MOBILE HARBOR BY ADMIRAL FARRAGUT
The vessels outside the bar, which were designed to participate in the engagement, were all under way by forty minutes past five in the morning (August 5), two abreast, and lashed together. The ironclads were already inside the bar, and had been ordered to take up their positions on the star-board side of the wooden ships, or between them and Fort Morgan, for the double purpose of keeping down the fire from the water battery and the parapet guns of the fort, as well as to attack the Ram Tennessee as soon as the fort was passed. . . .
The attacking fleet steamed steadily up the main ship-channel, the Tecumseh firing the first shot at forty-seven minutes past six o'clock. At six minutes past seven the fort opened upon us, and was replied to by a gun from the Brooklyn, and immediately after the action became general. It was soon apparent that there was some difficulty ahead.
The Brooklyn, for some cause which I did not then clearly understand, arrested the advance of the whole fleet, while, at the same time, the guns of the fort were playing with great effect upon that vessel and the Hartford. A moment after I saw the Tecunselt, struck by a torpedo, disappear almost instantaneously beneath the waves, carrying with her gallant commander and nearly all her crew. I determined at once, as I had originally intended, to take the lead; and after ordering the Metacoinet to send a boat to save, if possible, any of the perishing crew, I dashed ahead with the Hartford, and the ships followed on, their officers believing that they were going to a noble death with their commander-in-chief.
I steamed through between the buoys, where the torpedoes were supposed to have been sunk. These buoys had been previously examined by my flag Lieutenant, J. Crittenden Watson, in several nightly reconnaissance's. Though he had not been able to discover the sunken torpedoes, yet we had been assured by refugees, deserters, and others, of their existence, but believing that, from their having been some time in the water they were probably innocuous, I determined to take the chance of their explosion. From the moment I turned to the northwestward, to clear the middle ground, we were enabled to keep such a broadside fire upon the batteries of Fort Morgan that their guns did us comparatively little injury. .
Having passed the fort and dispersed the enemy's gunboats, I had ordered most of the vessels to anchor, when I perceived the ram Tennessee standing up for this ship. This was at forty-five minutes past eight. I was not long in comprehending his intentions to be the destruction of the flagship. The monitors, and such of the wooden vessels as I thought best adapted for the purpose, were immediately ordered to attack the ram, not only with their guns, but bows on at full speed, and then began one of the fiercest naval combats on record.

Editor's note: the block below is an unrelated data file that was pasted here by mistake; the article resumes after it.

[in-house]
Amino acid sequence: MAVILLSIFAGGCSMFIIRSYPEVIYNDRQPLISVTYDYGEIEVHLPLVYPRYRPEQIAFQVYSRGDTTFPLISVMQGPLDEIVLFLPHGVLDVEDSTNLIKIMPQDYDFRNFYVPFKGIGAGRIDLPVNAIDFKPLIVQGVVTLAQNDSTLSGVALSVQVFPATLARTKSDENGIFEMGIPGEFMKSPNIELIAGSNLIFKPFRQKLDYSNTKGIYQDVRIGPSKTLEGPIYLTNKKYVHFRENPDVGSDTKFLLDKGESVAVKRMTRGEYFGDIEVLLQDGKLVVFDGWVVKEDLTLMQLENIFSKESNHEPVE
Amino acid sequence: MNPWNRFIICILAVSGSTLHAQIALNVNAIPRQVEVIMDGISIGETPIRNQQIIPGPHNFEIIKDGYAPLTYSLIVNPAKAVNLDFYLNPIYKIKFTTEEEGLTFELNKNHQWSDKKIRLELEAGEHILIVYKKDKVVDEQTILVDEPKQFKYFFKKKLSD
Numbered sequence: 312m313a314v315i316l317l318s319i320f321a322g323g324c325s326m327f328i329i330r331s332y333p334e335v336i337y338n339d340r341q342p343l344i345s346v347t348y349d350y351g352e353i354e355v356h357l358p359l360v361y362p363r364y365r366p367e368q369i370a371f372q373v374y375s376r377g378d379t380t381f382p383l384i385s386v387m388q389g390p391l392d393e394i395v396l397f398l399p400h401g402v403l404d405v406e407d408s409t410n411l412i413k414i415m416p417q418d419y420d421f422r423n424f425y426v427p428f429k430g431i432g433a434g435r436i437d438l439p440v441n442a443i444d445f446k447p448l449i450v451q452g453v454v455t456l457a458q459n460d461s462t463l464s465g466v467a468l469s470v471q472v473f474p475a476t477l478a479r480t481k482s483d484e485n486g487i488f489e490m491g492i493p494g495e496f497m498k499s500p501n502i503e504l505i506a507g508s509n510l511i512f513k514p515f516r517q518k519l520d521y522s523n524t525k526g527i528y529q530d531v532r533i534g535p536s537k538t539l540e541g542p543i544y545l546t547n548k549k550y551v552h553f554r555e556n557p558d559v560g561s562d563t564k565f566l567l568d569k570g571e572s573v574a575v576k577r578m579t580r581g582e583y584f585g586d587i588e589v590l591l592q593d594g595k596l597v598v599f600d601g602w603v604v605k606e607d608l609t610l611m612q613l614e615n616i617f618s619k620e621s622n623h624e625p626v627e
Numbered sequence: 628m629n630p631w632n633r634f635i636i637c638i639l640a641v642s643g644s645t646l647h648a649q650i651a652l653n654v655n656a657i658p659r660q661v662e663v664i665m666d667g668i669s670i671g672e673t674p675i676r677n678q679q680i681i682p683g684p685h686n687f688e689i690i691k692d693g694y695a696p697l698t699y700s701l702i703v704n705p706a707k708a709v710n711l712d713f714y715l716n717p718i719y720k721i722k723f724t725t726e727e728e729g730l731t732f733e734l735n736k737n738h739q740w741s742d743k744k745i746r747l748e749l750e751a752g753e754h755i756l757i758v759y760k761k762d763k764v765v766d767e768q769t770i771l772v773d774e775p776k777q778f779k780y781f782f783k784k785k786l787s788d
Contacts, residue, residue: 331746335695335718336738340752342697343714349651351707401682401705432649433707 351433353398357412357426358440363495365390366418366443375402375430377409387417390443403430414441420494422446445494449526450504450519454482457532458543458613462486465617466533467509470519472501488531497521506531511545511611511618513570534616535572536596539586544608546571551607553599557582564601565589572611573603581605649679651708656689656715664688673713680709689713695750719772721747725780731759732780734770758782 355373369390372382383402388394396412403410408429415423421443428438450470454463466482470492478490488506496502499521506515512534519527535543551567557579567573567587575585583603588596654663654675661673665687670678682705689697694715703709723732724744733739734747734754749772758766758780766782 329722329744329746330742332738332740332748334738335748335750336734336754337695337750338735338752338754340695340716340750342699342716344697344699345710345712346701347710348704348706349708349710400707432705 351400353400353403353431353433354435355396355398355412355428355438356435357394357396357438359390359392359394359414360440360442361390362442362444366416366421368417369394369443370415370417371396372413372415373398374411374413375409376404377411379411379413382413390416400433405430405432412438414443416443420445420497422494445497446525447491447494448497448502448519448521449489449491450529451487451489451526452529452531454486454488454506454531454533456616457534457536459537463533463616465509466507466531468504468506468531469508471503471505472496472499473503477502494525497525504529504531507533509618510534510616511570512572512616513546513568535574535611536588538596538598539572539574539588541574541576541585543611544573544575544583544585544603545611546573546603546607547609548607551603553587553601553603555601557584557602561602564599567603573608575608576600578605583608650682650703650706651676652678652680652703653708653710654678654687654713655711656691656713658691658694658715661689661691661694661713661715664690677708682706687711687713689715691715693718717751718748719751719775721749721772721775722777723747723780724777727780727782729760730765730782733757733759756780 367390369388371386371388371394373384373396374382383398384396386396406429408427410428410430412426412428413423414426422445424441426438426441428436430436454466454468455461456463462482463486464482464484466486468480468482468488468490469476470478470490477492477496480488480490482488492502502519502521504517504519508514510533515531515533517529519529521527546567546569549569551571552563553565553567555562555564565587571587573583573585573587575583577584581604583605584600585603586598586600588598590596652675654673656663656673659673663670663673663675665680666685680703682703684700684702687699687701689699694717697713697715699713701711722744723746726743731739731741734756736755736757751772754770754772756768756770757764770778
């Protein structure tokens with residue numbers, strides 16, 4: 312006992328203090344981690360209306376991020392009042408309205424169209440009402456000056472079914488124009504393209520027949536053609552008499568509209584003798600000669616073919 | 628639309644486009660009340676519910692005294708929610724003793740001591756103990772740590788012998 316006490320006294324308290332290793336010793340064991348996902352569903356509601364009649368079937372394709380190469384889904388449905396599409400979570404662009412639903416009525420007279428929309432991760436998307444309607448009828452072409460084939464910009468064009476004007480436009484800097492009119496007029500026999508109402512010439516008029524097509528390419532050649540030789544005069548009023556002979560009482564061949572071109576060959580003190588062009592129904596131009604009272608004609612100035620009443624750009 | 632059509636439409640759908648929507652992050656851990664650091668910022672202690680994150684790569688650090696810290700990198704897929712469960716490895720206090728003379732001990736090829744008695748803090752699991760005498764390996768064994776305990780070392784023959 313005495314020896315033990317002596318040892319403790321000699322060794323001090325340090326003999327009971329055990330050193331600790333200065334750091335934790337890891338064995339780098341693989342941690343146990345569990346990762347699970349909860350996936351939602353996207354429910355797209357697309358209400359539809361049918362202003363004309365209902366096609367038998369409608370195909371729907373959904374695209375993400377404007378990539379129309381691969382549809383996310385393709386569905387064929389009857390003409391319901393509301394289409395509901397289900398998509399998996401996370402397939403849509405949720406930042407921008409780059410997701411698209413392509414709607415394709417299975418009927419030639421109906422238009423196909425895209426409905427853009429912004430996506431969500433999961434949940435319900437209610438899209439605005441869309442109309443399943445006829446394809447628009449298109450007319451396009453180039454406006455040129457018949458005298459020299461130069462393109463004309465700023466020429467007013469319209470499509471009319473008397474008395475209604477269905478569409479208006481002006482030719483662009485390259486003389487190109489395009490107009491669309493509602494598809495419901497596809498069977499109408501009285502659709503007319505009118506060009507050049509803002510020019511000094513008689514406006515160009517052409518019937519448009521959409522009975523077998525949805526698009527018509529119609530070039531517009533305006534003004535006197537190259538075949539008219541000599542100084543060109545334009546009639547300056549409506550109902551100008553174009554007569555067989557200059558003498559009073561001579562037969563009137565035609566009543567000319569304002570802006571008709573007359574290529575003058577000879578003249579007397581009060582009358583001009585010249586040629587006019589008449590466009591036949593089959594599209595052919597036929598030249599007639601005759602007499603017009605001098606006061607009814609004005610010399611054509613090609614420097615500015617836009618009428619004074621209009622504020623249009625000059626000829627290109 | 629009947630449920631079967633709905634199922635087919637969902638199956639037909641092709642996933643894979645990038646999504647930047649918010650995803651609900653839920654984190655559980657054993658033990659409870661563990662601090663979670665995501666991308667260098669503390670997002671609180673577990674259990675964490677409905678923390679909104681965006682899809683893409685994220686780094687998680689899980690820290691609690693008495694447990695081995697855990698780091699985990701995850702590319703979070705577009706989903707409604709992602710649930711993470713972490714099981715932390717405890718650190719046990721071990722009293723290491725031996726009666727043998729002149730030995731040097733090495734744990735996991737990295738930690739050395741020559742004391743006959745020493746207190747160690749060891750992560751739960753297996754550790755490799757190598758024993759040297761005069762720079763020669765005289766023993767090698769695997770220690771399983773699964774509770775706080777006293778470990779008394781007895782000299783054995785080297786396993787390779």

Monongahela, Commander Strong, was the first vessel that struck her, and in doing so carried away
his own prow, together with the cutwater, without apparently doing her adversary much injury. 'The Lackawanna, Captain Marchand, was the next vessel to strike her, which she did at full speed; but though her stem was cut and crushed to the plank ends for the distance of three feet above the water's edge to five feet below, the only perceptible effect on the ram was to give her a heavy list.
The Hartford was the third vessel which struck her, but, as the Tennessee quickly shifted her helm, the blow was a glancing one, and as she rasped along our side, we poured our whole port broadside of nine-inch solid shot within ten feet of her casement. The monitors worked slowly, but delivered their fire as opportunity offered. The Chickasaw succeeded in getting under her stern, and a fifteen-inch shot from the Manhattan broke through her iron plating and heavy wooden backing though the missile itself did not enter the vessel.
Immediately after the collision with the flagship, I directed Captain Drayton to bear down for the ram again. He was doing so at full speed when, unfortunately, the Lackawanna ran into the Hartford just forward of the mizzen-mast, cutting her down to within two feet of the water's edge. We soon got clear again, however, and were fast approaching our adversary, when she struck her colors and ran up the white flag.
She was at this time sore beset; the Chickasaw was pounding away at her stern, the Ossipee was approaching her at full speed, and the Monongahela, Lackawanna, and this ship were beanng down upon her, determined upon her destruction. Her smoke-stack had been shot away, her steering chains were gone, compelling a resort to her relieving tackles, and several of her port shutters were jammed. Indeed, from the time the Hartford struck her, until her surrender, she never fired a gun. As the Ossipee, Commander Le Roy, was about to strike her, she hoisted the white flag, and the vessel immediately stopt her engine, tho not in time to avoid a glancing blow.
As I had an elevated position in the main rigging near the top, I was able to overlook not only the deck of the Hartford, but the other vessels.